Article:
A small city in Missouri could see its credit rating cut to junk by S&P Global Ratings because of financial woes plaguing a local ice rink backed by municipal debt.
The St. Louis suburb of Maryland Heights, home to 28,000 residents, currently has a BBB-minus rating, just one rung above junk. A slew of S&P downgrades brought the city’s rating down eight notches from AA-plus since 2020, largely because of its involvement with the Centene Community Ice Center.
Managed by a local nonprofit, the facility is a practice center for the National Hockey League’s St. Louis Blues and features four NHL-sized ice rinks.
The ice rink was once expected to make the St. Louis area a destination for hockey tournaments and special events. But it has faced pressure since the pandemic, when it was forced to temporarily shut its doors.
The Industrial Development Authority of the City of Maryland Heights — the agency that issued bonds for the facility — also defaulted on an interest payment to holders of its subordinate debt last month.
The 2018 deal consisted of a $50.2 million A series and $5.5 million subordinate B series, all sold without bond ratings.
The default sparked a warning from S&P, which placed Maryland Heights on credit watch with negative implications. This means that there’s a 50% chance the rating could change within 90 days.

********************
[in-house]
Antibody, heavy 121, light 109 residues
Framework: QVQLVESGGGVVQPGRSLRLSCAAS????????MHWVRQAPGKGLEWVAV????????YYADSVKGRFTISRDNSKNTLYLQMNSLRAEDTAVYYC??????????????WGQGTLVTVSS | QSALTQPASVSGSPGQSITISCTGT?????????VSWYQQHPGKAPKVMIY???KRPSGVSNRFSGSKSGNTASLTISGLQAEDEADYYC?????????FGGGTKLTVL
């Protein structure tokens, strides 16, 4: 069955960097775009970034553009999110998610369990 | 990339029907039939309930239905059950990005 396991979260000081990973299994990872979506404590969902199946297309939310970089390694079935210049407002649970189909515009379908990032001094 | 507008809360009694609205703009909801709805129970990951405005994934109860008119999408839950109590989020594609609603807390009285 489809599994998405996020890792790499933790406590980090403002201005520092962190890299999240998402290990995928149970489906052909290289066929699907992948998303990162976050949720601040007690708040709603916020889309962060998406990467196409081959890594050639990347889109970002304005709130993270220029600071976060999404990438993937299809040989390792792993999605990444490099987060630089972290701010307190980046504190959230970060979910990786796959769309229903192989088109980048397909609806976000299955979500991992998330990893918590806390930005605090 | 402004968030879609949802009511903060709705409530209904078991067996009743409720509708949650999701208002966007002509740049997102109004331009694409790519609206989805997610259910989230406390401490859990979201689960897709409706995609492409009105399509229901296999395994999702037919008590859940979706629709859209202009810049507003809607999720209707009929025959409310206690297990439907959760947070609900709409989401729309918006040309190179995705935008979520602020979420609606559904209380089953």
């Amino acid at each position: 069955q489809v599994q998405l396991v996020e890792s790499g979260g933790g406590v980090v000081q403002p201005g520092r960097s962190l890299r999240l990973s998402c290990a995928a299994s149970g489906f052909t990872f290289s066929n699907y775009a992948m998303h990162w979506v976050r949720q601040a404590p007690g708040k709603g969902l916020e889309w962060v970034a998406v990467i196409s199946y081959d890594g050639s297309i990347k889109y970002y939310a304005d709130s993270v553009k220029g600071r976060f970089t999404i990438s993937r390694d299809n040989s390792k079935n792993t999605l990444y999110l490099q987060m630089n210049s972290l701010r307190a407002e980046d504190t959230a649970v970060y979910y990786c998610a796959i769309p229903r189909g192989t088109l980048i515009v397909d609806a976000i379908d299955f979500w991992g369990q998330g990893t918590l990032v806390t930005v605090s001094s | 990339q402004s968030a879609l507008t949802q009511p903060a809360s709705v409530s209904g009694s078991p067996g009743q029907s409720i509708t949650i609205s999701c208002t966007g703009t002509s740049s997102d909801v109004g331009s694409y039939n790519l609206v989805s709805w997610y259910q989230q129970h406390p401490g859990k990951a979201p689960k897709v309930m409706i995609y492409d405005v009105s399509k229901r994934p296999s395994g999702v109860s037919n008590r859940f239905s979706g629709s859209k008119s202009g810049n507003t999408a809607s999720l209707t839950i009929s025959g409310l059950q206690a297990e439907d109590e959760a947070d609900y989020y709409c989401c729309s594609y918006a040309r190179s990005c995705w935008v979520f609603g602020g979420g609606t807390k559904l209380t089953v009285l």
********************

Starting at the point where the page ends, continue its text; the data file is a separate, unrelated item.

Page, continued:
Maryland Heights has $26 million of debt outstanding, according to data compiled by Bloomberg. It last borrowed from the muni market in 2020.
Because of the way the bonds for the ice center are structured, Maryland Heights technically isn’t on the hook to pay bondholders. The ice center was built in a community improvement district which can levy up to a 1% sales tax for approved public uses, and that revenue is among the sources used to pay bondholders.
Under the financing agreement, the city had agreed to set aside up to $625,000 each year to replenish a reserve account protecting the senior bonds if the revenue couldn’t cover debt payments. It has done so at least a few times since 2020, according to regulatory filings.
City spokesperson Trisha Hall said in an emailed statement last week that Maryland Heights has “more than fulfilled these obligations over the past few years by providing funding beyond what is legally required.”
The city hasn’t agreed to make backstop payments to replenish the reserve account of the subordinated debt series that defaulted, according to the bond documents.
Dave Otto, board member of the St. Louis Legacy Ice Foundation, the nonprofit that operates the ice rink, said he hopes the center wouldn’t have to face a default again.
“Inflation has hit all of us and it hit the ice rink as well,” he said on a call, adding that while revenue picked up, so did expenses. He declined to comment on how or when last month’s default could be remedied. About $53 million is outstanding on the bonds, according to data compiled by Bloomberg.
Regardless of the city’s obligations toward the ice center, the recent default may cause bond investors to be more skeptical of Maryland Heights’ willingness to support future projects, said Lisa Washburn, a managing director at Municipal Market Analytics.
“If Maryland Heights were to come to the market, there could be a higher degree of skepticism that could lead to them having to pay an incrementally higher cost on their debt,” she said. “It’s because they have debt with their name on it that has defaulted, whether or not they were obligated to pay.”